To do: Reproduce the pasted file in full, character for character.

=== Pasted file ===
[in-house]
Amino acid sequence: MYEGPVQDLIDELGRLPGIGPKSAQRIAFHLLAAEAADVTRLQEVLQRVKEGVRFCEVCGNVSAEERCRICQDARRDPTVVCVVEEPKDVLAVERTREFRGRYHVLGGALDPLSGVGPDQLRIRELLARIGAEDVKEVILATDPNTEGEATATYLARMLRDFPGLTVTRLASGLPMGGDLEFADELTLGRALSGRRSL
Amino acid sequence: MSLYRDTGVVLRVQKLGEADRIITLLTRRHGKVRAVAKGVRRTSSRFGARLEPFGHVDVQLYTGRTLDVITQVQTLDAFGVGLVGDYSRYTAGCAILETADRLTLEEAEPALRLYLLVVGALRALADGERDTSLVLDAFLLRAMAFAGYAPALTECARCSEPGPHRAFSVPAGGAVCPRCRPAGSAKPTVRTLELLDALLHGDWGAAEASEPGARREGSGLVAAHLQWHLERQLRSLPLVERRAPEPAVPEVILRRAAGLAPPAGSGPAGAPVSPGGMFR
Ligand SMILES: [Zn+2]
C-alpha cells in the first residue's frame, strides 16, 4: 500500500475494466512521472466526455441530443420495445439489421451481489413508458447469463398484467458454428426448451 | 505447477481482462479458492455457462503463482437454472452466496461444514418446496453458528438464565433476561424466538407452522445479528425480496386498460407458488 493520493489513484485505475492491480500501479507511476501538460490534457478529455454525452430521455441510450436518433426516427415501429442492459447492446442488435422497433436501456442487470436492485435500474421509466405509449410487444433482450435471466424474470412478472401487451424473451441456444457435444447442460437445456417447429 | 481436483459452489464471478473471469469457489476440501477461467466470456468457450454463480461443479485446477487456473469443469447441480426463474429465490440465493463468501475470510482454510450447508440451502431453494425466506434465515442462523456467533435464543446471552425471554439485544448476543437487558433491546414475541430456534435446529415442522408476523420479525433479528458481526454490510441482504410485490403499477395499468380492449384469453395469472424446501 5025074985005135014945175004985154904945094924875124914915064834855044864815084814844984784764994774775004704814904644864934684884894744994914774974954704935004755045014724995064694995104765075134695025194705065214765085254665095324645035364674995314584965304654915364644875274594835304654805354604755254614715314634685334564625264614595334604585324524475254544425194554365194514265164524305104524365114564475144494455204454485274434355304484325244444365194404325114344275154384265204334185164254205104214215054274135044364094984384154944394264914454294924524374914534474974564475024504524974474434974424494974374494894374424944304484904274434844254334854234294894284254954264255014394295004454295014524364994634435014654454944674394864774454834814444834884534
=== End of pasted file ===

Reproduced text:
[in-house]
Amino acid sequence: MYEGPVQDLIDELGRLPGIGPKSAQRIAFHLLAAEAADVTRLQEVLQRVKEGVRFCEVCGNVSAEERCRICQDARRDPTVVCVVEEPKDVLAVERTREFRGRYHVLGGALDPLSGVGPDQLRIRELLARIGAEDVKEVILATDPNTEGEATATYLARMLRDFPGLTVTRLASGLPMGGDLEFADELTLGRALSGRRSL
Amino acid sequence: MSLYRDTGVVLRVQKLGEADRIITLLTRRHGKVRAVAKGVRRTSSRFGARLEPFGHVDVQLYTGRTLDVITQVQTLDAFGVGLVGDYSRYTAGCAILETADRLTLEEAEPALRLYLLVVGALRALADGERDTSLVLDAFLLRAMAFAGYAPALTECARCSEPGPHRAFSVPAGGAVCPRCRPAGSAKPTVRTLELLDALLHGDWGAAEASEPGARREGSGLVAAHLQWHLERQLRSLPLVERRAPEPAVPEVILRRAAGLAPPAGSGPAGAPVSPGGMFR
Ligand SMILES: [Zn+2]
C-alpha cells in the first residue's frame, strides 16, 4: 500500500475494466512521472466526455441530443420495445439489421451481489413508458447469463398484467458454428426448451 | 505447477481482462479458492455457462503463482437454472452466496461444514418446496453458528438464565433476561424466538407452522445479528425480496386498460407458488 493520493489513484485505475492491480500501479507511476501538460490534457478529455454525452430521455441510450436518433426516427415501429442492459447492446442488435422497433436501456442487470436492485435500474421509466405509449410487444433482450435471466424474470412478472401487451424473451441456444457435444447442460437445456417447429 | 481436483459452489464471478473471469469457489476440501477461467466470456468457450454463480461443479485446477487456473469443469447441480426463474429465490440465493463468501475470510482454510450447508440451502431453494425466506434465515442462523456467533435464543446471552425471554439485544448476543437487558433491546414475541430456534435446529415442522408476523420479525433479528458481526454490510441482504410485490403499477395499468380492449384469453395469472424446501 5025074985005135014945175004985154904945094924875124914915064834855044864815084814844984784764994774775004704814904644864934684884894744994914774974954704935004755045014724995064694995104765075134695025194705065214765085254665095324645035364674995314584965304654915364644875274594835304654805354604755254614715314634685334564625264614595334604585324524475254544425194554365194514265164524305104524365114564475144494455204454485274434355304484325244444365194404325114344275154384265204334185164254205104214215054274135044364094984384154944394264914454294924524374914534474974564475024504524974474434974424494974374494894374424944304484904274434844254334854234294894284254954264255014394295004454295014524364994634435014654454944674394864774454834814444834884534